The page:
Date of Award


Document Type


Degree Name

Master of Science (MS)


Ocean Engineering and Marine Sciences

First Advisor

Mark B. Bush

Second Advisor

Steven Lazarus

Third Advisor

Richard B. Aaronson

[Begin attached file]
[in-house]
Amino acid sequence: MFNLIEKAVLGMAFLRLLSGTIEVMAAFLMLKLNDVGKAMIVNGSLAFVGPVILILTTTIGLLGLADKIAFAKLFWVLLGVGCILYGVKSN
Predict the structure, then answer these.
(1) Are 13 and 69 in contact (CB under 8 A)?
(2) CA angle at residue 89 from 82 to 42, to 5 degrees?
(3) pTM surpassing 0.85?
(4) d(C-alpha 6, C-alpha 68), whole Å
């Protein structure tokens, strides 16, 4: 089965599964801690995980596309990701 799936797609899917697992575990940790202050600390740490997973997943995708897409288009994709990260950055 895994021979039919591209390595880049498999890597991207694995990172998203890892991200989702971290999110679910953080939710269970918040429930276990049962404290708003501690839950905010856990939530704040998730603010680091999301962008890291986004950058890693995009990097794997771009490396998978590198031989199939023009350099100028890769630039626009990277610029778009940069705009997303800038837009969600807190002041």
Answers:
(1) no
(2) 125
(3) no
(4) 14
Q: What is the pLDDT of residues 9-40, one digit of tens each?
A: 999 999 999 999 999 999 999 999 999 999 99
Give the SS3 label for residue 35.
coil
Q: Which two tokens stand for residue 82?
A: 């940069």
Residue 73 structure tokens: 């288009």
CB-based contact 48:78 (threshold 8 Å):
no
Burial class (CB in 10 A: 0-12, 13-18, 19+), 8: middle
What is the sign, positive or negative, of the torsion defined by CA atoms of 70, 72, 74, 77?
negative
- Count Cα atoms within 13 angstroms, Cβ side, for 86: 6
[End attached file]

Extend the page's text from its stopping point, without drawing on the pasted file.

Understanding the effects of drought and temperature change on eastern North America will be key in the context of future climate change. Perhaps the best method to understand how drought and temperature will impact this area is to study its paleoecological record. The records presented here, from Houghton Bog (44°23'4.50"N; 84°44'18.90"W) and Higgins Bog (44°28'58.90"N; 84°47'41.40"W) provide an opportunity to study the effects of drought and temperature on the interior of the Lower Peninsula of Michigan (hereafter central Michigan) during the Late Holocene (c. 4200 cal BP to present day). Pollen, charcoal, and testate amoebae records were analyzed to infer past drought and climate change events, and their effects on the vegetation assemblage. These records will add to the growing body of paleoecological data for the Lower Peninsula of Michigan. Both Higgins Bog and Houghton Bog are characterized by a mixture of boreal and deciduous forests, which is mainly dictated by the location of the forest tension zone. Early in their records, both bogs indicate that the area surrounding the bog was a temperate forest composed mostly of Acer, Betula, and Pinus, and both bogs were experiencing fairly dry conditions. At c. 2000 cal BP, both bogs record a significant change in their pollen records, which is reflected in CONISS clustering and DCA analysis. Both sites show a marked decline in temperate taxa at this time, and taxa indicative of early successional stages are abundant. The cause of this disturbance at c. 2000 cal BP is unknown, though it is unlikely to have been humans, as they were not abundant in the area (Howey 2012). After c. 2000 cal BP, temperate taxa recover, and succession continues until c. 1800 cal BP, when a drought event causes temperate taxa to once again decline. From here, a long-term succession towards a boreal taxa dominated forest continues in both sites until European settlement. Droughts and pluvials overlay this long-term succession, and cause temporary disturbances. After the c. 1800 cal BP event, temperate species decline, and boreal taxa begin to increase, suggesting that while the drought may have temporarily caused many temperate and boreal taxa to decline, the boreal taxa are able to recover and continue to increase in abundance until c. 1000 cal BP. At c. 1000 cal BP another drought event is observed in both bog records. At this point some boreal taxa decline, while others (such as Tsuga) appear only temporarily affected. This may be because of the climatic effects of the Medieval Climate Anomaly (MCA), which warmed the area from c. 1000-700 cal BP, which, based on modern day studies, may have strengthened the lake effect and increased precipitation in central Michigan (Burnett et al. 2003). Boreal taxa increase after c. 1000 cal BP, until Ambrosia spikes at c. 100 cal BP, marking European arrival. Prior studies had documented that the climate of the Late Holocene has been characterized by increasing moisture throughout the eastern United States. Within this context; however, several major droughts have been identified in Michigan, centering on 1850, 1800, 1650, 1000, 800, and 700 cal BP. (Booth et al. 2006). In Houghton and Higgins Bog, the 1800 and 1000 cal BP droughts were detected, suggesting a more regional signature for these events than the others. I found that both of these sites have remained very dry throughout their history, as indicated by the testate amoebae records from both sites. Overall, both of my study sites show little human disturbance until European arrival, although assessment of the period of greatest mound building shows that most of the mounds in central Michigan were built between the c. 1800 and c. 1000 cal BP droughts found in these bogs. Both Houghton and Higgins Bog give insight into the succession of upland forests and bogs in central Michigan, and add to the growing body of evidence of long term succession driven by climate in central Michigan, which may have implications for future climate change.


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